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Perhaps more than most ancient traditions, Thecla’s has been characterized by controversy, and yet little attention has been paid to the positive value of indeterminacy in the Thecla tradition. After offering an overview of approaches to the Acts of Paul and Thecla and related texts over the last half-century, we ask how the open qualities of Thecla as a protagonist may have enhanced her tradition’s ability to serve as the basis for successive re-imaginings. We conclude by suggesting that as ‘an ambiguous heroine in an unstable story’ Thecla exemplifies the value of indeterminacy and instability in hagiography.
Literature on neighbourhood disputes has explored legal consciousness by focusing on identity, personal relationships, and community norms. However, it still remains unclear how affective factors and one’s sense of identity can influence the social practice of law and how the recursive relationship between law, emotion, and identity can influence life in particular communities. This study explores the dynamics of identity/alterity construction, and the role of emotion in shaping these dynamics during a neighbourhood conflict in Taipei, Taiwan. This dispute highlights how ordinary Taiwanese people’s legal consciousness is constituted through a culturally embedded sense of emotion (qíng) and belonging (zìjǐrén). Analysis of “The Noodle Shop Case” advances our understanding of the social presence and authority of law and the ways in which the role of law changes according to how individuals feel as they seek both mutual recognition and justice.
The fifth chapter marks the turn from descriptive to normative ethics – thus, what ethical ideas should guide moral actions. This half of the book does not set out a detailed ethical theory but advocates a general criterion for setting ethical parameters and adjudicating among ethical–narrative prototypes. That criterion is an effortful generalization of empathy. The particular stress on empathy derives from the basic definition of ethics, presented at the beginning of the book. This chapter draws on current cognitive and affective science to outline an account of human emotion and empathy. This account differs from common views of empathy in several ways. Most obviously, it does not construe empathy as sharing the same emotion as a target. Rather, empathy is a scalar concept that refers, fundamentally, to experiencing the same emotional valence as a target. That positive or negative empathic feeling is based on one’s own experiences, which may be more or less similar to those of the target.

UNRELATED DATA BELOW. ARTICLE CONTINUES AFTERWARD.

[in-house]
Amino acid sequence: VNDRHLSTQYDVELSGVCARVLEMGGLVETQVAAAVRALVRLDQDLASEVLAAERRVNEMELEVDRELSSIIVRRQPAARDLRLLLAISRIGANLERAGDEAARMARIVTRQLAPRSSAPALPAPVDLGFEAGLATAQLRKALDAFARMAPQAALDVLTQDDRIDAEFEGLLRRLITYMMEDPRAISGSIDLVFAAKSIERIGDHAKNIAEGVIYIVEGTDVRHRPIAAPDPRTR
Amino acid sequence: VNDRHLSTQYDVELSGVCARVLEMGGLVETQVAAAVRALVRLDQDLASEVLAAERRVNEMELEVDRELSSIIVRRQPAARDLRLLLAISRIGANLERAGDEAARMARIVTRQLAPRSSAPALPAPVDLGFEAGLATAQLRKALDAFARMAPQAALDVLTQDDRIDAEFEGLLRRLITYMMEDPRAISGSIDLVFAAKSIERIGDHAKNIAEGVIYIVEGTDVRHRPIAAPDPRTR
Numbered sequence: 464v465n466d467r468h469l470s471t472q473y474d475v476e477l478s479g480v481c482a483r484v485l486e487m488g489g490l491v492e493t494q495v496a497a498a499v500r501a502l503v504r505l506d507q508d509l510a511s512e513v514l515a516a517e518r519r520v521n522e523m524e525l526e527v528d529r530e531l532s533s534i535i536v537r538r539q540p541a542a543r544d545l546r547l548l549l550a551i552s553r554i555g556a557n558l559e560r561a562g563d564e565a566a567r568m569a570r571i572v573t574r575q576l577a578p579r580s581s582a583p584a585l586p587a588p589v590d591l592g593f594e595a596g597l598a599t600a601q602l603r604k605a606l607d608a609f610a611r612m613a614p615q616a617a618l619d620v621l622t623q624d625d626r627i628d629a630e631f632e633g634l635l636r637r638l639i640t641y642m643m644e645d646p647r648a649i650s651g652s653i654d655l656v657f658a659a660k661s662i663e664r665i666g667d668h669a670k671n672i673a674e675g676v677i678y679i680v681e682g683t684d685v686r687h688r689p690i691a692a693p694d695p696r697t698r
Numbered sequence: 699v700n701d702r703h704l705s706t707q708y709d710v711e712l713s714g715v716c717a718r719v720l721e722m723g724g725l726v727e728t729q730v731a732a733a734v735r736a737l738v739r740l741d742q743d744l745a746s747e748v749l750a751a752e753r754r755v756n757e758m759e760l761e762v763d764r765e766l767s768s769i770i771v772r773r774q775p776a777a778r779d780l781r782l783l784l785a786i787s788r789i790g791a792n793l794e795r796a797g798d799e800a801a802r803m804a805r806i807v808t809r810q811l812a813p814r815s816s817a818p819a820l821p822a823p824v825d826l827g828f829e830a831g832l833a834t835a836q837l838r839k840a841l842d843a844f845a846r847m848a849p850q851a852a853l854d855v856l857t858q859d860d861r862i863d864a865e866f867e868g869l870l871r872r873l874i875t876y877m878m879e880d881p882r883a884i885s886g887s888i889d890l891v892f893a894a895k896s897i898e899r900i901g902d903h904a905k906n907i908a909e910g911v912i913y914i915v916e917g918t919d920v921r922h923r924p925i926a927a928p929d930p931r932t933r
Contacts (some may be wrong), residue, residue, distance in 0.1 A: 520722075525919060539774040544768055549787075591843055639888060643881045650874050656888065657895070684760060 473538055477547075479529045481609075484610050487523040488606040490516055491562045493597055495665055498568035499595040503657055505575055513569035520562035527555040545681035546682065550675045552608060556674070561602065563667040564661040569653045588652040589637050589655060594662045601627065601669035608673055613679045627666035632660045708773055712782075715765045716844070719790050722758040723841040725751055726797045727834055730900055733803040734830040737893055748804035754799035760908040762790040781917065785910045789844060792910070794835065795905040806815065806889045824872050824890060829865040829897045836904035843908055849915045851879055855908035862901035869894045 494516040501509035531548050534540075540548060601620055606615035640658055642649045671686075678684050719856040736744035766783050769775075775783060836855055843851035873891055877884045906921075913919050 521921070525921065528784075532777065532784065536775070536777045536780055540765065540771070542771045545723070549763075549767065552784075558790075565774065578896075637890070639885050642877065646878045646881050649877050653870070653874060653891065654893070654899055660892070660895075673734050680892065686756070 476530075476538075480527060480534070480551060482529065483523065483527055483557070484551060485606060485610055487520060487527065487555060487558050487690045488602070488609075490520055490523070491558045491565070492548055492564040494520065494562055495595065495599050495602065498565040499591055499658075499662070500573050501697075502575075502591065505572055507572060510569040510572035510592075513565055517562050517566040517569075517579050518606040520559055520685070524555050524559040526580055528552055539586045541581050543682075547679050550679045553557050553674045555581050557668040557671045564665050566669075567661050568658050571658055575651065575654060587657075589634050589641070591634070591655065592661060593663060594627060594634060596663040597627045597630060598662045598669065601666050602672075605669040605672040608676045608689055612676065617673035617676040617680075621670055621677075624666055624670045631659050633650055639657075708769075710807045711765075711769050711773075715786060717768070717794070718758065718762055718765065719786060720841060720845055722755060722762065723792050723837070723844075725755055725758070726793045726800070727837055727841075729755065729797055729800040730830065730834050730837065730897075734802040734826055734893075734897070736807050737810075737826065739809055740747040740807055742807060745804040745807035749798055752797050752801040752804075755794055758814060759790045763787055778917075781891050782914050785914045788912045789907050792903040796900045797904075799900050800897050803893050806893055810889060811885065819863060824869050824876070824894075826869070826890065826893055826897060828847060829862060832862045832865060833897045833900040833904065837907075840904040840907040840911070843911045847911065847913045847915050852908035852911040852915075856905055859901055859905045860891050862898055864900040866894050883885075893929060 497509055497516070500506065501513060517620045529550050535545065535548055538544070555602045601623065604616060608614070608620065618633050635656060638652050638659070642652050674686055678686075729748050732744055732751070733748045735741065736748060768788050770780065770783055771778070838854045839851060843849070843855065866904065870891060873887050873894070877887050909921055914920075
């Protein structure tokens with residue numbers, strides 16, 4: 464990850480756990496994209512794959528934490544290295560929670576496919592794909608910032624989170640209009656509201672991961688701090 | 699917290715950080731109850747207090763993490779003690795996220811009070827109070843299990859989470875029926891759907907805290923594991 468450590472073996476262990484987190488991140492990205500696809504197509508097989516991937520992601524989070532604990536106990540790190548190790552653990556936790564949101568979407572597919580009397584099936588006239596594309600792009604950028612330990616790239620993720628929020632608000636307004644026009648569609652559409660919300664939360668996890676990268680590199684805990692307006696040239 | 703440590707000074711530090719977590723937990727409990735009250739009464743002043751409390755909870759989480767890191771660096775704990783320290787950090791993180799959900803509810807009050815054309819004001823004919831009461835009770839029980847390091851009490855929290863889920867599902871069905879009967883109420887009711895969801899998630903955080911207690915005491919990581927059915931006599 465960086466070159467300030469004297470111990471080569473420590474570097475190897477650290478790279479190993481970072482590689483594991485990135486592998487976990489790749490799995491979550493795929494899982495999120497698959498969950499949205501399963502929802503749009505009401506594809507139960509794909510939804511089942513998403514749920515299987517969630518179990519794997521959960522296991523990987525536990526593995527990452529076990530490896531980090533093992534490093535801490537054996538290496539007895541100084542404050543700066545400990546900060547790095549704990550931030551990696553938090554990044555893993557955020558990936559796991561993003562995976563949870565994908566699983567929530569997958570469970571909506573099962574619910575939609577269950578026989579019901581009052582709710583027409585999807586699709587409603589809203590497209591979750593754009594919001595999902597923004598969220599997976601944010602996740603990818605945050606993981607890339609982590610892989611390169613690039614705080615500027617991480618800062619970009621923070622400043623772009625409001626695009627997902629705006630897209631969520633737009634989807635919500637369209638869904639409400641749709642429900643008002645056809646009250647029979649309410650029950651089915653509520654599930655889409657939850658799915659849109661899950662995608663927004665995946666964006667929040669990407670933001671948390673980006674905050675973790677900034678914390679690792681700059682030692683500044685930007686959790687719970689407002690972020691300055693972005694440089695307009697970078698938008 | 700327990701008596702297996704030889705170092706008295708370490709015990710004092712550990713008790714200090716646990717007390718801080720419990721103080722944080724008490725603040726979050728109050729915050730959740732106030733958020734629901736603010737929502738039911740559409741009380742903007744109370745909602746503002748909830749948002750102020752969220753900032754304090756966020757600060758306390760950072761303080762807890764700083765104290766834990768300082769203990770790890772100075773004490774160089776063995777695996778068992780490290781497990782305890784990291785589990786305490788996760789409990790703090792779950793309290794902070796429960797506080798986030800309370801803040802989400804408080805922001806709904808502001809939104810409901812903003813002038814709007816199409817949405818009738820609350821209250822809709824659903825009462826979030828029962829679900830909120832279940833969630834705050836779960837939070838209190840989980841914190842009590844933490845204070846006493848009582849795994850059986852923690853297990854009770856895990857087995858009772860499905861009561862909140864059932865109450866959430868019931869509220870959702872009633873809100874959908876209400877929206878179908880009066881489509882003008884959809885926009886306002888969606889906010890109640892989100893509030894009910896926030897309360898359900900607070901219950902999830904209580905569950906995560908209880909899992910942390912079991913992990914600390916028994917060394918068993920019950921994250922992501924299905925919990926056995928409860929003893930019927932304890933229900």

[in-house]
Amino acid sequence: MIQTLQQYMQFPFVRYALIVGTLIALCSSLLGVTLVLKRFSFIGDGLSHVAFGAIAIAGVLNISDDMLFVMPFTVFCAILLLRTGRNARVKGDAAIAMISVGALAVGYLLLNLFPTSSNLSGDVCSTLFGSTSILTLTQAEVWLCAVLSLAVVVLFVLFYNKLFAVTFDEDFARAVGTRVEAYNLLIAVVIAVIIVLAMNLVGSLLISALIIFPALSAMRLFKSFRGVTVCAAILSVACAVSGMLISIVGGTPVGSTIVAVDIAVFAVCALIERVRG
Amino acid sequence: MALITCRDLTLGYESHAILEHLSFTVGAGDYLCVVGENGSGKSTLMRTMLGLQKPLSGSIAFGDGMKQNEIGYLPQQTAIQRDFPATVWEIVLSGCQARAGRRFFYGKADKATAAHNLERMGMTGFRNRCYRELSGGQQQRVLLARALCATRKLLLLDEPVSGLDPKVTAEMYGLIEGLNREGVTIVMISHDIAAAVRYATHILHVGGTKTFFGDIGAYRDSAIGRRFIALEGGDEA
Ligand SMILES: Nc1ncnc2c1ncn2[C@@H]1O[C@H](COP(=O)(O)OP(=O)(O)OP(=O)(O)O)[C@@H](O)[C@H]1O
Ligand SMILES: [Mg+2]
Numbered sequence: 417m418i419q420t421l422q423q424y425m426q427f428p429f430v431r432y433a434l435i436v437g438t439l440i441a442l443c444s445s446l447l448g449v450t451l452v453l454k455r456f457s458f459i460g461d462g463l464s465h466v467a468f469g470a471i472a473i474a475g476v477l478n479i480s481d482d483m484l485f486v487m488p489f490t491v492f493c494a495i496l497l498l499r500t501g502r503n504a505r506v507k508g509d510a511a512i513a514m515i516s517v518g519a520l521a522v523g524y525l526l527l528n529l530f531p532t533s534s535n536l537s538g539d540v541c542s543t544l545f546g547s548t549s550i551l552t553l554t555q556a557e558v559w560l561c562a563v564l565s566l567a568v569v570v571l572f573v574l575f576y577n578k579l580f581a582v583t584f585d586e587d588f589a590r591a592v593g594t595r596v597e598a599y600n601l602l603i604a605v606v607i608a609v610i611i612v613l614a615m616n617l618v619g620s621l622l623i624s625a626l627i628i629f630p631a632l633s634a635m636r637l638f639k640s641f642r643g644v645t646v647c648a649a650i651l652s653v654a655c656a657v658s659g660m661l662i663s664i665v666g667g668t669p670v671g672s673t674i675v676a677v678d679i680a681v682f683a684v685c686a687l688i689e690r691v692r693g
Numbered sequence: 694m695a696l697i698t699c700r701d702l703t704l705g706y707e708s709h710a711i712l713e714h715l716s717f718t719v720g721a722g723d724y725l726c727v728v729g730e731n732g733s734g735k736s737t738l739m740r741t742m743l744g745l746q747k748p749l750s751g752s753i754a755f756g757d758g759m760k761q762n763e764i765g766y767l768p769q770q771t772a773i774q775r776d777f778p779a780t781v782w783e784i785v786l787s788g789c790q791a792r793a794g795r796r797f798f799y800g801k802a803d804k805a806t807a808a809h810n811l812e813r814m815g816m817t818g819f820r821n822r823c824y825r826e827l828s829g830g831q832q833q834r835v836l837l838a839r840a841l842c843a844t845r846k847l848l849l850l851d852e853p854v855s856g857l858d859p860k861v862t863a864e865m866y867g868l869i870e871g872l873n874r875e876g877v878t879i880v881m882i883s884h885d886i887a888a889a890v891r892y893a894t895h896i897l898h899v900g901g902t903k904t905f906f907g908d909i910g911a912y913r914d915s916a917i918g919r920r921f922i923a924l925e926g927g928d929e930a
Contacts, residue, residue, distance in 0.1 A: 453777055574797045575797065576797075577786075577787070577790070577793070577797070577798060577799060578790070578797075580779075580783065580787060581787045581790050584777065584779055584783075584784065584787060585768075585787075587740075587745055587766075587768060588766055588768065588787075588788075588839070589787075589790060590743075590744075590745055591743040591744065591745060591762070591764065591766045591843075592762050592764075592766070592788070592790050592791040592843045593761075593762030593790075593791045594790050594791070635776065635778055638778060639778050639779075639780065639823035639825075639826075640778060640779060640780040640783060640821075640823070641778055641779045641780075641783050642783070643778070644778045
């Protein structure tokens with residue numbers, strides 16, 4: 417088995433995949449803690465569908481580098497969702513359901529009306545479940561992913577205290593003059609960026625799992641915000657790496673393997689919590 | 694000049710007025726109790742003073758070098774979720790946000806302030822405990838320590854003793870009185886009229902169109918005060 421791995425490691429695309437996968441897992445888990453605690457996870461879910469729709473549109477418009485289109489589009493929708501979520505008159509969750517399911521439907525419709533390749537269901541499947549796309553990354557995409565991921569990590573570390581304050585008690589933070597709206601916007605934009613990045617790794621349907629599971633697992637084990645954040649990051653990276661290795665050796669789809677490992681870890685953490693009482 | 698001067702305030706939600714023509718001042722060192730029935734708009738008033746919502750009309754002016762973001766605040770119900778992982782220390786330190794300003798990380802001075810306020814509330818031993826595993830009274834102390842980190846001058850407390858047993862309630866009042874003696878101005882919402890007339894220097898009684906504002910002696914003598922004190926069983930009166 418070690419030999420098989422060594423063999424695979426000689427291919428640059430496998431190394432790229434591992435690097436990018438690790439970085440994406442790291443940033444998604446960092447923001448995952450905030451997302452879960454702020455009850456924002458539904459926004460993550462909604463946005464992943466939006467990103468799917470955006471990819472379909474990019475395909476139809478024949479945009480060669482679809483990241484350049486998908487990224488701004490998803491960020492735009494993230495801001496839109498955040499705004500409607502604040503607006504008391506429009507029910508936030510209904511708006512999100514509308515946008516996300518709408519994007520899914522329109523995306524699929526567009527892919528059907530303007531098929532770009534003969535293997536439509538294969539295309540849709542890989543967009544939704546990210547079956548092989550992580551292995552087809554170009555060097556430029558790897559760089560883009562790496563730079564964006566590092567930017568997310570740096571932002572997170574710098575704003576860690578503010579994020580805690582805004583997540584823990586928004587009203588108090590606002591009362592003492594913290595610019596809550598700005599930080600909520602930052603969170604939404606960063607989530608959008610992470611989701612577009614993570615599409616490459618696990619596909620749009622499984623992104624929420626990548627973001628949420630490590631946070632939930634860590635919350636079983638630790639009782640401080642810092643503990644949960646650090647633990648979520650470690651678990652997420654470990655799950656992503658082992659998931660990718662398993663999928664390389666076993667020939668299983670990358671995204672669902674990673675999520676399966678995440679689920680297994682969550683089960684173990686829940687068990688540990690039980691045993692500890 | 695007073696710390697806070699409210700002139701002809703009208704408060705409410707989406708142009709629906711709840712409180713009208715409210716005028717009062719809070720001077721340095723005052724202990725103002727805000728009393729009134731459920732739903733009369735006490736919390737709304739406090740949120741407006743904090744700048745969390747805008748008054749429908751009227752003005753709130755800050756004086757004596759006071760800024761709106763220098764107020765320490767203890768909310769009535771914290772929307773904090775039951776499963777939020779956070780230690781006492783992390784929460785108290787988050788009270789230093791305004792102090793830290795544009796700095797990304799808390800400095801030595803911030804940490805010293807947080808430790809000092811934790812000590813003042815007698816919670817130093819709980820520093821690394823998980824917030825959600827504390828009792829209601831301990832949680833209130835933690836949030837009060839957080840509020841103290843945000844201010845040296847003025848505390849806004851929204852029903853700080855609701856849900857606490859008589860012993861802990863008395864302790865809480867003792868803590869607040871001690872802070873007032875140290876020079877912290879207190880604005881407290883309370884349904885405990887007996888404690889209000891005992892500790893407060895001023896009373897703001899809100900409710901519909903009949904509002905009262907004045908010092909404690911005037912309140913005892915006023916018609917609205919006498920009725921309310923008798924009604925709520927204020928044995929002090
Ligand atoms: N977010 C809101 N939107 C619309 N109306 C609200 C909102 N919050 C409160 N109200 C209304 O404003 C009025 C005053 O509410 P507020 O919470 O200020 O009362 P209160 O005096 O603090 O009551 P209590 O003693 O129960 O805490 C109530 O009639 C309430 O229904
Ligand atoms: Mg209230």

Modern law seems to be designed to keep emotions at bay. The Sentimental Court argues the exact opposite: that the law is not designed to cast out affective dynamics, but to create them. Drawing on extensive ethnographic fieldwork - both during the trial of former Lord's Resistance Army commander Dominic Ongwen at the International Criminal Court's headquarters in The Netherlands and in rural northern Uganda at the scenes of violence - this book is an in-depth investigation of the affective life of legalized transitional justice interventions in Africa. Jonas Bens argues that the law purposefully creates, mobilizes, shapes, and transforms atmospheres and sentiments, and further discusses how we should think about the future of law and justice in our colonial present by focusing on the politics of atmosphere and sentiment in which they are entangled.
This paper defends an account of moral shock as an emotional response to intensely bewildering events that are also of moral significance. This theory stands in contrast to the common view that shock is a form of intense surprise. On the standard model of surprise, surprise is an emotional response to events that violated one's expectations. But I show that we can be morally shocked by events that confirm our expectations. What makes an event shocking is not that it violated one's expectations, but that the content of the event is intensely bewildering (and bewildering events are often, but not always, contrary to our expectations). What causes moral shock is, I argue, our lack of emotional preparedness for the event. And I show that, despite the relative lack of attention to shock in the philosophical literature, the emotion is significant to moral, social, and political life.